Vanessa Yao May Be the Secret Weapon of the CW’s Gender-Flipped Reimagining of ‘Kung Fu’

The Chinese-Canadian actress talks about her new character, Mia, and beginning her career with feature films in China

Vanessa Yao Evaan Kheraj Photography

Vanessa Yao will be the first to admit that her journey to joining The CW’s gender-flipped reimagining of Kung Fu has come full circle.

Born and raised in Montreal, the Chinese-Canadian actress had returned to her family’s roots after graduating from high school to study at the prestigious Beijing Film Academy, where her parents believed she would be given more opportunities as an Asian actor. Yao, whose Chinese name is 姚娆 (yáoráo), went on to lead films for China Central Television and Guangzhou WeiXiao Films and appeared in Huaxia Films’s Father and Hero, which earned her the Best New Actor Award at the 2018 New Zealand Asia Pacific Film Festival.

But after the first year of the Covid-19 pandemic, Yao reached out to Andrew Ooi, a talent manager in Vancouver, with the intention of finding work in North America. She received the audition for Kung Fu last summer, binged the first season of the action-adventure series and eventually recorded a self-taped audition at her home in Beijing. Within 72 hours, she was asked to log on to a Zoom meeting for a callback with producers before she was offered the role of Mia. The long-lost cousin of protagonist Nicky Shen (Olivia Liang), Mia could be the secret weapon in the new villain Russell Tan’s (Kee Chan) plan for San Francisco.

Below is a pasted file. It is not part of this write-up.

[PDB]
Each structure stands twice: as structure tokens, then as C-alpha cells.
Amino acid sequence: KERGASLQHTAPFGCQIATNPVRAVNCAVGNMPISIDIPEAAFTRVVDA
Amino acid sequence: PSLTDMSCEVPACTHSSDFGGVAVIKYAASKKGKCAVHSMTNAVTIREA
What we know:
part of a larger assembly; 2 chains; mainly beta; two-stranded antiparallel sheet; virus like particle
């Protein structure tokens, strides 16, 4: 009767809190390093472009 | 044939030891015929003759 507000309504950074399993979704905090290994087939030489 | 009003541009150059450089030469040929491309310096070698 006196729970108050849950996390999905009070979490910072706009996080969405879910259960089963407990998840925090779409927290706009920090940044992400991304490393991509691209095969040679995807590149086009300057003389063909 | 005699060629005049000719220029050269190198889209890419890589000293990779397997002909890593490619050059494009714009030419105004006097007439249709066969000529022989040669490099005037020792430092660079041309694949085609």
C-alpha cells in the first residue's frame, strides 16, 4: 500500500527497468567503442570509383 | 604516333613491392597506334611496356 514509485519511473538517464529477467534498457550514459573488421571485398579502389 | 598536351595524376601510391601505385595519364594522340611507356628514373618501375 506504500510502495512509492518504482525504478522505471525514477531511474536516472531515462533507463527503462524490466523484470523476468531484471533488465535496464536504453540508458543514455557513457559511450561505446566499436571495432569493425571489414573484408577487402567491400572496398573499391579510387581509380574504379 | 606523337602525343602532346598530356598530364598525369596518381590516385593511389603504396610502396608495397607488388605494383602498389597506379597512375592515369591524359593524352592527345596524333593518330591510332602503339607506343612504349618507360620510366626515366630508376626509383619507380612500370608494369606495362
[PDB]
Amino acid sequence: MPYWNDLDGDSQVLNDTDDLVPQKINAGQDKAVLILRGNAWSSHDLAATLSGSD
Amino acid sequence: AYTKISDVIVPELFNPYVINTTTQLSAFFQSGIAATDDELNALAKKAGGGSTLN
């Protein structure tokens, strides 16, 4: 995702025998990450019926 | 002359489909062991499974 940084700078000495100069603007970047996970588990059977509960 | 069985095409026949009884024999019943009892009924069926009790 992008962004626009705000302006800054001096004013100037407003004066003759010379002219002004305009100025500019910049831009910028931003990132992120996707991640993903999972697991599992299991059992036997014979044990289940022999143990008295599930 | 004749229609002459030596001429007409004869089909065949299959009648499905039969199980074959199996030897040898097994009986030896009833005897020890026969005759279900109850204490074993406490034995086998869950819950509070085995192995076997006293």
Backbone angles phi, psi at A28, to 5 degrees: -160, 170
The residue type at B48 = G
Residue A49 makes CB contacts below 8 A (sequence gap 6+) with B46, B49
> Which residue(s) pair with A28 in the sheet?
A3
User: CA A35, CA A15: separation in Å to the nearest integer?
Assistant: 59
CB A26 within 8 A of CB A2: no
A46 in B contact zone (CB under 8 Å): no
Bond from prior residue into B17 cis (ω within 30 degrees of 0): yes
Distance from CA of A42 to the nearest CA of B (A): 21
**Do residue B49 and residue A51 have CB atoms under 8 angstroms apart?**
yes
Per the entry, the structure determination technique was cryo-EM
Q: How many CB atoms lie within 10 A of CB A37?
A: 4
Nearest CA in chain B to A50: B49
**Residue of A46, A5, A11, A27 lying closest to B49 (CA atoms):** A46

“We knew this role was very important to season 2, and we saw many tapes, but what really struck us about Vanessa’s audition was that she was able to be very strong,” said Christina M. Kim, the creator and co-showrunner of Kung Fu. “We needed her to be a strong character that could go up against Nicky, but we had written scenes that showed her vulnerable side, and there was something just so raw and emotional that she could tap into right away. And when we saw those scenes, we just knew she was the one.”